Ninety Fifth Discovery Posting
A late posting (again). Got to blog faster next time.
Anyway, just the past Sunday, 31st May, leading a group of puffer fishes (the name for my group of participants), we visited the inter-tidal area of Semakau.
Despite the hot and scorching weather, we still manage to see a number of organisms, and our first 'discovery' of our walk is this juvenile mangrove horseshoe crab (picture below).
1. I forgot to mention to the puffer fishes that horseshoe crabs are actually not crabs. They are more related to spiders and scorpions.
2. They are really ancient creatures as they have been around even before the age of the dinos. Wow.
3. Although horseshoe crabs have exoskeletons like crabs, the make up is different. The exoskeleton of a horseshoe crab does not include calcium but is made up of chitin and protein.
4. Their tails looks dangerous but they are not. Their tails are not used to sting people but used to help turn themselves upright if they are upside down.
5. Their blood used to be harvest as their blood contain a substance which can be used to test the presence of bacteria in human medication and medical tests. However, a team from NUS has managed to reproduce this substance in the labs without using horseshoe crab's blood.
6. Read more about horseshoe crabs @ http://www.wildsingapore.com/wildfacts/arthropoda/limulidae/limulidae.htm.
As the puffer fishes 'swam' across the seagrass meadows, I got them to stop halfway and pose for two group photos (pictures below). After crossing probably the biggest seagrass meadow in Singapore, a colony of common sea stars were there to greet our arrival. Here's one of them and our second 'discovery' (picture below). Discovery Note:
1. It has an interesting way of eating. Instead of putting food into their mouths like us, common sea stars stick or push out their stomach, greenish in colour, which is located on their underside to eat.
2. If possible, leave the sea stars in sea water. This is because like we need blood in our bodies, they need sea water in their bodies to look and be healthy.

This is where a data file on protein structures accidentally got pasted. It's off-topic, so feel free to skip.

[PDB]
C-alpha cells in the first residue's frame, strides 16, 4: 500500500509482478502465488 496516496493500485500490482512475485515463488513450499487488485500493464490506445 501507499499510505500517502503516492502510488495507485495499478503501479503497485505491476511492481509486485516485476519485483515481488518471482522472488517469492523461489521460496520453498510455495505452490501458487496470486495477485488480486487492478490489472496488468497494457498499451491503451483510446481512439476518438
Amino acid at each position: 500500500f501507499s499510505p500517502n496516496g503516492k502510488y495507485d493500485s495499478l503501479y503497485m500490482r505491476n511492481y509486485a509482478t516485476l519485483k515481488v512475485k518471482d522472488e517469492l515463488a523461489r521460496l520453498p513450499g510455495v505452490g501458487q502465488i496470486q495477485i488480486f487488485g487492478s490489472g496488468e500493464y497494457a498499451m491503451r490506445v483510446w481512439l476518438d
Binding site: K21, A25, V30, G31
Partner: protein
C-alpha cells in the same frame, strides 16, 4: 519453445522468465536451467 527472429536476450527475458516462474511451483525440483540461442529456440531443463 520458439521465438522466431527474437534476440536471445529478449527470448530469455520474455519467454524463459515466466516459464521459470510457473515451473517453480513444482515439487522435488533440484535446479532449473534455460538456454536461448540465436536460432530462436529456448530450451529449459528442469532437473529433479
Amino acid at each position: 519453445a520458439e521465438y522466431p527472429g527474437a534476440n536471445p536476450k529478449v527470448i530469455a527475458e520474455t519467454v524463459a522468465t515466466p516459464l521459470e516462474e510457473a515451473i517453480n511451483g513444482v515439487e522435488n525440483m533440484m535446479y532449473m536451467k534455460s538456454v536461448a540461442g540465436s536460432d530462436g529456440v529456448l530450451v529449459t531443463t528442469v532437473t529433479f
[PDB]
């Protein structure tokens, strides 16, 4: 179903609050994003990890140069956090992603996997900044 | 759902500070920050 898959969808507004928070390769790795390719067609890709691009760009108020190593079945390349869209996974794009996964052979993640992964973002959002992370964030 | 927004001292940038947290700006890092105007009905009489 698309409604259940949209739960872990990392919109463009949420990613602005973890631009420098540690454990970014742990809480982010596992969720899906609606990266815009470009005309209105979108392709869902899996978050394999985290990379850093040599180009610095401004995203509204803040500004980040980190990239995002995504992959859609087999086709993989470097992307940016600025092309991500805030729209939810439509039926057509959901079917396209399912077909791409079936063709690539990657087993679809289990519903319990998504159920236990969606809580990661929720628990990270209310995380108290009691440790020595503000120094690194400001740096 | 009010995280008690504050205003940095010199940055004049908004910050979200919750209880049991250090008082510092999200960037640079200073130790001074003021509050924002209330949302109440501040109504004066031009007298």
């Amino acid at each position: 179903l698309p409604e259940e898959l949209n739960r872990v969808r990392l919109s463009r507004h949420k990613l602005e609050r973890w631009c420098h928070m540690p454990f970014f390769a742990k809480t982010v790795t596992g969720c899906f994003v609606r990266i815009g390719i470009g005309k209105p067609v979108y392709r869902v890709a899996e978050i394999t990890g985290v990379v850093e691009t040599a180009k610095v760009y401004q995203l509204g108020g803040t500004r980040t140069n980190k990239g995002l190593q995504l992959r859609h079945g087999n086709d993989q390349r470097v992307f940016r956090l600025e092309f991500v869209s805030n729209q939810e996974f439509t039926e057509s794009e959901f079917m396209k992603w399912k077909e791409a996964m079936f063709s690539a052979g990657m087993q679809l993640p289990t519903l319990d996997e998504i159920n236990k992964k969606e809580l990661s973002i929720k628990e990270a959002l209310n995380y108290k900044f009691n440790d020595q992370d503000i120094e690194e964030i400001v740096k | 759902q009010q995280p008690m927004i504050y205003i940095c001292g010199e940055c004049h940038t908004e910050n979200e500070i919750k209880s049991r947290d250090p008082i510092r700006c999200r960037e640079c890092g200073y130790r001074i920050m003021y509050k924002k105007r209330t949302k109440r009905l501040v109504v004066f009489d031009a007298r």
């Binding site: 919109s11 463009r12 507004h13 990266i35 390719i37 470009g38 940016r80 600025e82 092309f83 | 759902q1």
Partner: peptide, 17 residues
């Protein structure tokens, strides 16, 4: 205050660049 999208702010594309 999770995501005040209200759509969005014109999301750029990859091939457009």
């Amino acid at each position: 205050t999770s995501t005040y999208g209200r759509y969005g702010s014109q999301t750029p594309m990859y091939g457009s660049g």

3. Read more about them @ http://www.wildsingapore.com/wildfacts/echinodermata/asteroidea/archaster.htm.
The third 'discovery' is another species of sea star. The knobbly sea star (picture below)!Discovery Note:
1. They used to be found in huge numbers before our shores were developed. Nowadays, sightings of them are limited to only a handful of shores.
2. They can come in different colours, but colours usually range in shades of orange, red, biege.
3. Read more about them @ http://www.wildsingapore.com/wildfacts/echinodermata/asteroidea/protoreaster.htm.
And of course, we would not miss a group photo with the 'star' of our walk (picture below). Like previous months, we came across a number of noble volute which were laying eggs or close to their egg mass (picture below). Fourth 'discovery'.
1. As you can see, the shell of a noble volute can be really pretty. So people collect them.
2. They are also collected for food. Combined with the loss of habitats, they have labelled as 'vulnerable' in the Red List of Threaten Animals of Singapore.
3. Read more about them @ http://www.wildsingapore.com/wildfacts/mollusca/gastropoda/volutidae/nobilis.htm.
As the weather was really hot and humid, a lot of organism hid or burrowed themselves. So to spot more things, we looked into more tidal pools than usual. And in a number of them, we spotted fan worms. Here's one of them and the fifth 'discovery' (picture below). Discovery Note:
1. They might look like plants to some. But they are actually segmented worms, think earthworms.
2. The fan-like thing sticking out is actually the worm's head. The feathery-like things are modified tentacles called radioles.
3. These radioles help the fan worm to gather food. Food is any tiny food particies found in the water.
4. Read more about fan worms @ http://www.wildsingapore.com/wildfacts/worm/polychaeta/sabellidae.htm.
In other tidal pools, we also spotted the very beautiful red maiden's fan (picture below).
1. Another object which looks like a plant. But this is actually an animal.
2. To be more specific, this is a kind of sponge.
Our hunter seekers also manage to find this really interesting 6 armed knobbly sea star (picture below).
And also 2 juvenile cushion sea stars! Sixth 'discovery' (picture below).Discovery Note:
1. They are more oftenly seen during diving, so it is always a treat to spot them in the inter-tidal areas.
2. They have been found to feed on some species of hard corals. Their diet could also consist of immobile animals, organic particles found on sediments and sea weeds.
3. Read more about them @ http://www.wildsingapore.com/wildfacts/echinodermata/asteroidea/culcita.htm.
Before i end, I would like to thank all puffer fishes for making this another fun trip out despite the heat. =D
a) Tidechaser's posting: http://tidechaser.blogspot.com/2009/05/filming-at-semakau.html
b) Manta's posting: http://mantamola.blogspot.com/2009/05/semakau-inter-tidal-walk-31-may-09.html
c) Urban forest's posting: http://uforest.blogspot.com/2009/05/semakau.html